Why was The Repository of Neglected Things written, illustrated and published?
The idea of this published project began grudgingly.
First, some background. Old sketchbooks, from decades ago, resurfaced when I cleaned the garage a year or so ago.
“What am I going to do with these?” I asked my wife.
“Save them,” she answered.
The cleaning plan was to throw away or sell garage items. Throwing away these large sketchbooks was not an option. And neither was selling them. The black cloth cover hardback sketchbooks varied in sizes. Most of them were nine inches wide by 12 inches high with 96 to 110 pages. Some were smaller. The smallest was four inches wide by six inches high. The largest was 11 inches wide by 14 inches high.
A navy blue cloth cover hardback sketchbook made its way from the garage to my desk. It measured six inches wide by nine inches high. The little blue book was half full of sketches. Or half empty. As many as 40 blank pages. My wife encouraged me to fill the blue cloth sketchbook with drawings. My children asked me to make more drawings. One of the children requested I storyboard a comic book. Or picture book. Reluctant, I began a few pencil drawings. My wife bought me some brush markers. I added more sketches. Once the blue sketchbook was filled with drawings, I reviewed it. Should I return it to the garage with the other black sketchbooks?
Summer faded to Autumn. A plan formed around the recently filled blue sketchbook. A mission to show my children that they can write and illustrate their own stories, their own books. The goal. Showcase their work in a print publication. A comic book. With creativity and energy they pulled their stories together. They learned about the process of creating a story, illustrating, organizing pages and layout, and basic pre-press tasks. The stories from the children featured one about cats baking muffins and another of a mouse warrior. My contribution to the anthology was selected drawings from the blue sketchbook. The art inside spanned twenty years. A single narrative titled “The Little Blue Sketchbook” tied the drawings together.
Finally, the publication The Repository of Neglected Things arrived. The children celebrated by flipping through the pages. They paused to examine their contributions. They read selections to each other. And then collected copies to send to friends and family. One child asked, “So, when do we publish the next edition?”
“The first awareness of night was a world of darkness bounded by a streetlight’s glow, the barking of a distant dog, the stars, trees, dim houses. The sense of being enclosed by the night, of being protected, as it were, by the darkness, is ancient.”
January. The sun set half past four o’clock. Air temperature registered fifteen degrees Fahrenheit. As wind gusts rocked the automobile from side to side, the windchill felt more like five below zero. Pools of parking lot lights blurred from time to time with blowing snow.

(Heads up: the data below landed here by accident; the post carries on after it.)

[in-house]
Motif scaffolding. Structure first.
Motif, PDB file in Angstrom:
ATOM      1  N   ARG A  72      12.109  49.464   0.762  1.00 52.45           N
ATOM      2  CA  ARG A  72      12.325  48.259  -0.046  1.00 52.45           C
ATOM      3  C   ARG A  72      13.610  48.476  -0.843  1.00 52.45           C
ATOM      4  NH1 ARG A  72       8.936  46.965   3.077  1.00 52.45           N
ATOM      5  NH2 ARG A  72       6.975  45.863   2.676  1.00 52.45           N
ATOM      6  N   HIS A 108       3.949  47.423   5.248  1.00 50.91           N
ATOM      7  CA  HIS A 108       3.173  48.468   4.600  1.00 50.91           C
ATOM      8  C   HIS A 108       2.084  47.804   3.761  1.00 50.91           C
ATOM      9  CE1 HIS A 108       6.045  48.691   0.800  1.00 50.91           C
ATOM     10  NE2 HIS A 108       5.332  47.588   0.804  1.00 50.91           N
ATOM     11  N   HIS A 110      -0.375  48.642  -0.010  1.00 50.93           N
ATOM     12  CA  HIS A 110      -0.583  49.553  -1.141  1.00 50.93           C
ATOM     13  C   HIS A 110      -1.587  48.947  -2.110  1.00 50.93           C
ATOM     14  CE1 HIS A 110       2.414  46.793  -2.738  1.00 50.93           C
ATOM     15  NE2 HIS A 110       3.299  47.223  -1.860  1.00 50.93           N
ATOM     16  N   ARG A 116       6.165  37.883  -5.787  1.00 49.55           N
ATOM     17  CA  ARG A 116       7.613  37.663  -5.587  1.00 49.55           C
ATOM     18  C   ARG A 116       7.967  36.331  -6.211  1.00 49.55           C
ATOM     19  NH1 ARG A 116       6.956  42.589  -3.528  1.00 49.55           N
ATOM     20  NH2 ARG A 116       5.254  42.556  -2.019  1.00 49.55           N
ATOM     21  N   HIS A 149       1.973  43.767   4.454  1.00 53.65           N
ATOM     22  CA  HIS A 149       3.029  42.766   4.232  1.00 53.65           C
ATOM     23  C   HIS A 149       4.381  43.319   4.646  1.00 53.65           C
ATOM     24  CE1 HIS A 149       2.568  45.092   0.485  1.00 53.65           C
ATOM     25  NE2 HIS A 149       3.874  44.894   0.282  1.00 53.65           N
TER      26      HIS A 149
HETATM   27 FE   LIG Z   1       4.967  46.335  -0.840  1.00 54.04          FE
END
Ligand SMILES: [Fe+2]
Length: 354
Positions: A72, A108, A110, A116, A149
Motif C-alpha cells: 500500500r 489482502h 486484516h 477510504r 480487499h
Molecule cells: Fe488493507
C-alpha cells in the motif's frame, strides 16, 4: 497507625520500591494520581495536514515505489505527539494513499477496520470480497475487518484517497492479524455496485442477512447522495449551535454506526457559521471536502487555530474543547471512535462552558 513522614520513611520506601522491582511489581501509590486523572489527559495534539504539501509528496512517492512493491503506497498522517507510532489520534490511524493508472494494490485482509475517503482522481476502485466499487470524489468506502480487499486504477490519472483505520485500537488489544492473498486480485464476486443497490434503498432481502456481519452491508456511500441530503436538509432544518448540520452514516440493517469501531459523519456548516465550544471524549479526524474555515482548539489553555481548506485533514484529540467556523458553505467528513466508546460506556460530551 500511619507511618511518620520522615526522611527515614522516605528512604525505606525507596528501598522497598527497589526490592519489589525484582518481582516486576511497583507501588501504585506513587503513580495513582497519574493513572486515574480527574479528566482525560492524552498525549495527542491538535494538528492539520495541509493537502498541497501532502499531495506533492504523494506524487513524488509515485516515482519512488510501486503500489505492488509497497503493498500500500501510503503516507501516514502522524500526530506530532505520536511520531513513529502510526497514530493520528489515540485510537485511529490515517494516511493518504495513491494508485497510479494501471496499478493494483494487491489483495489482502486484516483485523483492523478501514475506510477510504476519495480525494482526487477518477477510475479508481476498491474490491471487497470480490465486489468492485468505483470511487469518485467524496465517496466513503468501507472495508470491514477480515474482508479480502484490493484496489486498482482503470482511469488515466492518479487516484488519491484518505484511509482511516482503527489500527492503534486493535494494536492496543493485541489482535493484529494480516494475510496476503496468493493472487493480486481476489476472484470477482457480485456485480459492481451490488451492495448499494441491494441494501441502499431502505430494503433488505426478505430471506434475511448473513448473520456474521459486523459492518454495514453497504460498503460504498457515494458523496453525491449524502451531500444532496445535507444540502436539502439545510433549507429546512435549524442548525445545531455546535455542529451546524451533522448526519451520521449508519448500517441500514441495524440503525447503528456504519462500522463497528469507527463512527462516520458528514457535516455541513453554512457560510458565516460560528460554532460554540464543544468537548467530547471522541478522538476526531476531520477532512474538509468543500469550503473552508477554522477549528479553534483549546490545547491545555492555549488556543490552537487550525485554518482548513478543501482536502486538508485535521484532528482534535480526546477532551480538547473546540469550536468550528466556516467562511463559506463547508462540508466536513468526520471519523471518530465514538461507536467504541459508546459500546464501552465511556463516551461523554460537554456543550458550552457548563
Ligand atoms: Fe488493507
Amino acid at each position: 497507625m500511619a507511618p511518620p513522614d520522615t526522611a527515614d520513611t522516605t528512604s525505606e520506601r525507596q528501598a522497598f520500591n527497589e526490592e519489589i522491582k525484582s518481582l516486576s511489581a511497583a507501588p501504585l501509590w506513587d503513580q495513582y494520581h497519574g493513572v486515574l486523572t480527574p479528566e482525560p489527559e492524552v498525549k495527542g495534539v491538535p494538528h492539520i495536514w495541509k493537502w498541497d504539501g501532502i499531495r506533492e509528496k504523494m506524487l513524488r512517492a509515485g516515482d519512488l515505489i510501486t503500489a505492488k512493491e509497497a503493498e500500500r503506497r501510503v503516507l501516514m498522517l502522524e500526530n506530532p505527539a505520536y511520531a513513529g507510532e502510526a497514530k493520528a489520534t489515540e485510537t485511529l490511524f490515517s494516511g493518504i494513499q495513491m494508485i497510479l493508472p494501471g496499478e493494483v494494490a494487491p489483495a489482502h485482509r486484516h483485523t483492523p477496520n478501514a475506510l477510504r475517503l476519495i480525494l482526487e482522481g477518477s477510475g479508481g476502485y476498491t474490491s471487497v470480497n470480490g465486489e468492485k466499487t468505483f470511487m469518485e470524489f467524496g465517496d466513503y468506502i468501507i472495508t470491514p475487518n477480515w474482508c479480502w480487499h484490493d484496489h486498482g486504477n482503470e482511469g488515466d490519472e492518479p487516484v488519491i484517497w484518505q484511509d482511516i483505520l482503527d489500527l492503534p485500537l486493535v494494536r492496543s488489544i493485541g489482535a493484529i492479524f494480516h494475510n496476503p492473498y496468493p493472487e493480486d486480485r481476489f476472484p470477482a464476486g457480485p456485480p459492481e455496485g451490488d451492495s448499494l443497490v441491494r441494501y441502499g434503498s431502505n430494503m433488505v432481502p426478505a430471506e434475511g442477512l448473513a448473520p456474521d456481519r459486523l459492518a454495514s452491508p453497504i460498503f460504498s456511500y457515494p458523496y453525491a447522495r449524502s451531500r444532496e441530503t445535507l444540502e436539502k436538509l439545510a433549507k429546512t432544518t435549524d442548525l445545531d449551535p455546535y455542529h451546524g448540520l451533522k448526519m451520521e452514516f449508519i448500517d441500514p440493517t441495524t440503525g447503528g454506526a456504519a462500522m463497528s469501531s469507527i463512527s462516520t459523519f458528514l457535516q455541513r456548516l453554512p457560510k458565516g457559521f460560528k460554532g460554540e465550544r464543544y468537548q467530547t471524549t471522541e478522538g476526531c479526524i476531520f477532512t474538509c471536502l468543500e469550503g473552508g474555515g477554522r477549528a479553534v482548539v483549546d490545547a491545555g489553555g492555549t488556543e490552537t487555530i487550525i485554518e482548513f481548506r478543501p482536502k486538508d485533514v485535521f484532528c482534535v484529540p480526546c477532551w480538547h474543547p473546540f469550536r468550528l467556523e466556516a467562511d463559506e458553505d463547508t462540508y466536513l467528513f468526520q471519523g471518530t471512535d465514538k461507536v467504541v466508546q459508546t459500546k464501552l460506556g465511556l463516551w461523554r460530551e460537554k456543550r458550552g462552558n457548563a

I waited outside the grocery store for the oldest child’s shift to end. In better weather, the child walked to the grocery store. Or rode a scooter. But the long expected Wisconsin winter arrived with a fury. And walking, or riding, to work presented challenges.
The old auto’s engine idled as the heater worked to warm the vehicle’s interior. In spite of the effort, my feet were cold after twenty minutes of waiting in the south part of the parking lot. I wore insulated gloves as I read a library book from the glow of the parking lot lights.
As the heater fan moaned and engine grumbled, I thought of night and darkness and protection. From one of the books in the Sac Prairie Saga, these ideas rose before me like my breath in the winter air. The long nights of winter. The home brightened by Christmas tree lights. The contrast of the light and darkness. Protection and vulnerability. Is it vulnerability? Or destruction? Does not Epiphany land during the longest nights of the astronomical year?
A truck parked in front of my automobile. Head lamps blinded me. I looked away to the store exit until the driver turned off the headlamps and shuffled into the grocery store entrance. My eyes returned to the book and reread the passage. And the a half dozen more pages before a familiar stride passed below the parking lot light nearest me. I welcomed the child into the warm protection of the vehicle and drove home.
The young moon, a waxing crescent, appeared in the southwest like a cold smile. Jupiter, above the right tip of the crescent, glared down upon the frozen fields and village. I recalled not what we talked about on the way home, but the idea of shelter and safety persisted in my thoughts.